Capital values up 18% year on year
With prime rents rising and yields continuing to fall, capital values across the top locations increased in the double-digit range over the course of the year. At year-end 2016, the weighted CBRE capital value indices rose to a new record figure of 319 points, up 18% compared with year-end 2015. The sub-indices especially in Berlin (up 38%) and Hamburg (up 22%) showed an above-average increase. The square metre price for prime office space in central locations ranges between €13,125 in Munich and €7,950 in Düsseldorf. Frankfurt’s banking district commands €11,850; top prices in Berlin are at a good €9,700, while Hamburg’s CBD notches up €9,176.
Outlook: ongoing strong demand with growing risk tolerance
“In 2017, we anticipate that dynamic investment activity is set to continue, supported by robust economic growth and sound fundamental data,” Linsin says. Continued strong demand, above all for state-of-the art office space that, given the fairly moderate completion figures in recent years and the limited pipeline which could ensure that prime rents continue to rise, will also keep investments in office properties in Germany booming in the new year. “In the face of heightened geopolitical risks, we anticipate a sharp increase in the amount of foreign capital flowing into the German property market and expect yields to continue their moderate decline over the course of 2017, above all in the office investment centres,” Linsin adds.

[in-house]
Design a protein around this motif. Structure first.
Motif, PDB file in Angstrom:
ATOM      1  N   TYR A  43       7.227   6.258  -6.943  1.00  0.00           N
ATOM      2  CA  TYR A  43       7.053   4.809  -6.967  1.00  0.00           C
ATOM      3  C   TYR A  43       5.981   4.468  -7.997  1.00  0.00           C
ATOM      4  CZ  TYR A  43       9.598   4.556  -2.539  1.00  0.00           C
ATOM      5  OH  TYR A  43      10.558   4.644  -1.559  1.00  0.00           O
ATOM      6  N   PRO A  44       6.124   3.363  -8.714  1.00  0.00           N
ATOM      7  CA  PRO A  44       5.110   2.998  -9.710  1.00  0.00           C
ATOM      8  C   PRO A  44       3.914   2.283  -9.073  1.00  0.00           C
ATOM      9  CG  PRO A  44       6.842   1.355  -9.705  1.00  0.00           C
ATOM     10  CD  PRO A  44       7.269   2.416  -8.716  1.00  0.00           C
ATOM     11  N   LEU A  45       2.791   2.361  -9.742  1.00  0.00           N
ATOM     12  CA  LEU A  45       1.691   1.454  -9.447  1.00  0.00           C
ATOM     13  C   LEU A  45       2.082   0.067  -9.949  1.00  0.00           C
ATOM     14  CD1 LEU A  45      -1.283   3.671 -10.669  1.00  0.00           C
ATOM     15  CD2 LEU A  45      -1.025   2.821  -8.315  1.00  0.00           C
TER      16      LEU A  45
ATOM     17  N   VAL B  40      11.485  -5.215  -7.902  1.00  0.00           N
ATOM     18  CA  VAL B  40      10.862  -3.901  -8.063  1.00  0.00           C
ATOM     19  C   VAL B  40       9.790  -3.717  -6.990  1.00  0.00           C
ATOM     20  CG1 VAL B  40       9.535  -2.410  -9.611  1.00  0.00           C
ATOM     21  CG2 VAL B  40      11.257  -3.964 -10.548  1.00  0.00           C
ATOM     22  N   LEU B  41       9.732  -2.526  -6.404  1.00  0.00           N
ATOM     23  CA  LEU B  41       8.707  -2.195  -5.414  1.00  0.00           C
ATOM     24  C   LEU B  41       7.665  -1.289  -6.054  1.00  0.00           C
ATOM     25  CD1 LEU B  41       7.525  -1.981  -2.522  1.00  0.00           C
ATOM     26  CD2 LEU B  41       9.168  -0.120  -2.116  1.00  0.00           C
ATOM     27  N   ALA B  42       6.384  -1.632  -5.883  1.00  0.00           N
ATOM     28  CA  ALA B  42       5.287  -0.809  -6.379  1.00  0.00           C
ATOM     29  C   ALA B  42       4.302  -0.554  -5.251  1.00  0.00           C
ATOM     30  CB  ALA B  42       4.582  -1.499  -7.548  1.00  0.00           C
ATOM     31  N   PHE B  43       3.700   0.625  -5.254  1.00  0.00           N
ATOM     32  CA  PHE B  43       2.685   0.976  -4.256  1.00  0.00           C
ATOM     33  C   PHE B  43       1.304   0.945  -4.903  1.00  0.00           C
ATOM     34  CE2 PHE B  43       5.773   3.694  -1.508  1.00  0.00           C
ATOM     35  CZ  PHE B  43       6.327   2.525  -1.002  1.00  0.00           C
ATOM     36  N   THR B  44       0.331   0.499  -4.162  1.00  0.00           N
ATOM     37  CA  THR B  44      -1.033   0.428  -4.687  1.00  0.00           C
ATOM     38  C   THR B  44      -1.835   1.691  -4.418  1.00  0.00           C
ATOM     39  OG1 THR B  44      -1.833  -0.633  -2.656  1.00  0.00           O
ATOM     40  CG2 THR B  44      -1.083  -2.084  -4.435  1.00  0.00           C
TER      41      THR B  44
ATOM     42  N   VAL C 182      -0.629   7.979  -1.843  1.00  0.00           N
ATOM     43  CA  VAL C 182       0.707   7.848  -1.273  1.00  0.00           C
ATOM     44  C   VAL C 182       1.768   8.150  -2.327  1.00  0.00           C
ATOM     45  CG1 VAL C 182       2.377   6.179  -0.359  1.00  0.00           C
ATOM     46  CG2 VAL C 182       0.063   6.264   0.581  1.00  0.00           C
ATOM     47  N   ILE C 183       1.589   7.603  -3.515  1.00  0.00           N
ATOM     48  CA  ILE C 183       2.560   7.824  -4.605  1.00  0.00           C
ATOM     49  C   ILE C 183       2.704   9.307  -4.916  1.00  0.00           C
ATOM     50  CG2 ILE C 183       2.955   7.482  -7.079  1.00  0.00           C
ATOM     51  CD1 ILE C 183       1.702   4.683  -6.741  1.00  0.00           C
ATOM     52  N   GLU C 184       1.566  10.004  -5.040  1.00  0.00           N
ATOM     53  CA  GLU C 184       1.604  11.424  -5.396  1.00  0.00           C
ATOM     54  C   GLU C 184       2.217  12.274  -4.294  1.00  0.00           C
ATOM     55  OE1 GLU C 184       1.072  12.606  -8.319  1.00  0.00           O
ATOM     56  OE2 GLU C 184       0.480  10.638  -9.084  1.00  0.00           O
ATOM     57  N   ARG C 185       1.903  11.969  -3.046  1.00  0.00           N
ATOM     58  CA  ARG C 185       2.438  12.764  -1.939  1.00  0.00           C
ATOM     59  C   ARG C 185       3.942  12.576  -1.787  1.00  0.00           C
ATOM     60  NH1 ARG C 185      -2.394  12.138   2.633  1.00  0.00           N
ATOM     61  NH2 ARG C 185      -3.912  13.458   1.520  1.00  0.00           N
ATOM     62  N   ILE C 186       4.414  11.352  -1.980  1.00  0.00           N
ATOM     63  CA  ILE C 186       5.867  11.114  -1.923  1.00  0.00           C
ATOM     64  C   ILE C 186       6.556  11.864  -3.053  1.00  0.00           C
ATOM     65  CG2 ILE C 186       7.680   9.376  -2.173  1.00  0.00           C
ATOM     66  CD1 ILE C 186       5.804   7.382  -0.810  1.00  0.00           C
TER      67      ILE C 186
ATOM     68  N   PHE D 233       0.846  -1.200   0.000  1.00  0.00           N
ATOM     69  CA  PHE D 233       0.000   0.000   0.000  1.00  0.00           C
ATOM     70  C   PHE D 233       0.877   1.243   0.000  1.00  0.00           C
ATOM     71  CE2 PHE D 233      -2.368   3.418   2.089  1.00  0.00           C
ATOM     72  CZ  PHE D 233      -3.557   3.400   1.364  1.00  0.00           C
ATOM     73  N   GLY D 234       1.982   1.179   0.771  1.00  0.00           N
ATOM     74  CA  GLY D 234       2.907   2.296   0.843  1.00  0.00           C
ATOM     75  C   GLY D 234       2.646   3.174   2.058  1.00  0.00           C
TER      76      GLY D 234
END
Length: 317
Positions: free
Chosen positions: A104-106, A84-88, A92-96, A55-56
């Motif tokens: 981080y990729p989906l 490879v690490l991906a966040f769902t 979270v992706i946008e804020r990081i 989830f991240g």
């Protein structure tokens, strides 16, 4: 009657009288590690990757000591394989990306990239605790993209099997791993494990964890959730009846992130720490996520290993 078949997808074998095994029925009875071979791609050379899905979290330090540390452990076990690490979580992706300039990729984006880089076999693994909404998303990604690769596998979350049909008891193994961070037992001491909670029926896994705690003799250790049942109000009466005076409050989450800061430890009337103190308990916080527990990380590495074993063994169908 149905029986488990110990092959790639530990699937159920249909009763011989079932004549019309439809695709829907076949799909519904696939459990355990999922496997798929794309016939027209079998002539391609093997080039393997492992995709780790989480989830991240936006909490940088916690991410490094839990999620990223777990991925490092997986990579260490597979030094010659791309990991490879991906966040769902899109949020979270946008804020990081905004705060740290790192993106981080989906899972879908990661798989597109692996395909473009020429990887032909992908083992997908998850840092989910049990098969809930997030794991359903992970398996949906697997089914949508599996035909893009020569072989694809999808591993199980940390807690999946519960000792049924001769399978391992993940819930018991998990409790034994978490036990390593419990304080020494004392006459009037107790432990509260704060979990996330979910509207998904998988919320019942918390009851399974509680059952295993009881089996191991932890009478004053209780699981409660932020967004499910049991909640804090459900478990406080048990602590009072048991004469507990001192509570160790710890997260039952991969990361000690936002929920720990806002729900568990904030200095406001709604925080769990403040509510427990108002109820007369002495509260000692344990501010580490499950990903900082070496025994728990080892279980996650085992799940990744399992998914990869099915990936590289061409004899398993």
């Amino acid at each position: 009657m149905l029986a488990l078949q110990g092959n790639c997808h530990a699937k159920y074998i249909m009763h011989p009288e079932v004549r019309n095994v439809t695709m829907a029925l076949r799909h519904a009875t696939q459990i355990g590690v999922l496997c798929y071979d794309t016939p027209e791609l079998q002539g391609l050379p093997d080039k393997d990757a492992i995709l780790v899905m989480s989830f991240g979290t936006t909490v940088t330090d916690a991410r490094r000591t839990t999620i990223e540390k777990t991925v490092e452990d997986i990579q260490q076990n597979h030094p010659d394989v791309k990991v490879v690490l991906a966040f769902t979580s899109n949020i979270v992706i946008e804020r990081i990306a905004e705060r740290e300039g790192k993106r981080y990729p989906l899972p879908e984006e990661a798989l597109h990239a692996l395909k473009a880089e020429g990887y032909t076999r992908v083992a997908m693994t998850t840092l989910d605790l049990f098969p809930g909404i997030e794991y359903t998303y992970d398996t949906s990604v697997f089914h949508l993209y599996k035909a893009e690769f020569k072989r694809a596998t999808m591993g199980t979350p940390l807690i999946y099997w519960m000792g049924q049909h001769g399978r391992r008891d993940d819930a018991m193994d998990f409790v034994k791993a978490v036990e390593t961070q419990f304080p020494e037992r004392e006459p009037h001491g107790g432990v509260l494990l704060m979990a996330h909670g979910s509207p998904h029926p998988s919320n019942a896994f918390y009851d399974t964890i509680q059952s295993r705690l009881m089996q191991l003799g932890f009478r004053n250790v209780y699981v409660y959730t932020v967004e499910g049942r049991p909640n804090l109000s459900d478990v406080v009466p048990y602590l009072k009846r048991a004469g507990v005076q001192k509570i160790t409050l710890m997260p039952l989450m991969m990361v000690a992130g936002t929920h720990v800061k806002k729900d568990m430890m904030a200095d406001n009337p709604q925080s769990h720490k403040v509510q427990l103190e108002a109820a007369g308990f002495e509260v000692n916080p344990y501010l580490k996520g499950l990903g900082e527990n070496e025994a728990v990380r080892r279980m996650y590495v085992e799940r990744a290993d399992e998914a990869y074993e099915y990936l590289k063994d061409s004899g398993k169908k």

“In 2017 as well, investor strategies will largely focus on the Top 5 locations. We therefore expect that investors will have a greater risk tolerance here and make more investments including properties requiring more intensive management as well as developments and investments in peripheral locations,” Klein predicts.
Prime rent for office property by sub-market cluster
Source: CBRE Research, Q4 2016
Investment volumes, net initial yields & yields of 10-Y Bunds
Source: CBRE Research, Q4 2016
CBRE Group, Inc. (NYSE:CBG), a Fortune 500 and S&P 500 company headquartered in Los Angeles, is the world’s largest commercial real estate services and investment firm (based on 2015 revenue). The Company has more than 70,000 employees (excluding affiliates), and serves real estate investors and occupiers through more than 400 offices (excluding affiliates) worldwide. CBRE offers a broad range of integrated services, including facilities, transaction and project management; property management; investment management; appraisal and valuation; property leasing; strategic consulting; property sales; mortgage services and development services. Please visit our website at www.cbre.de.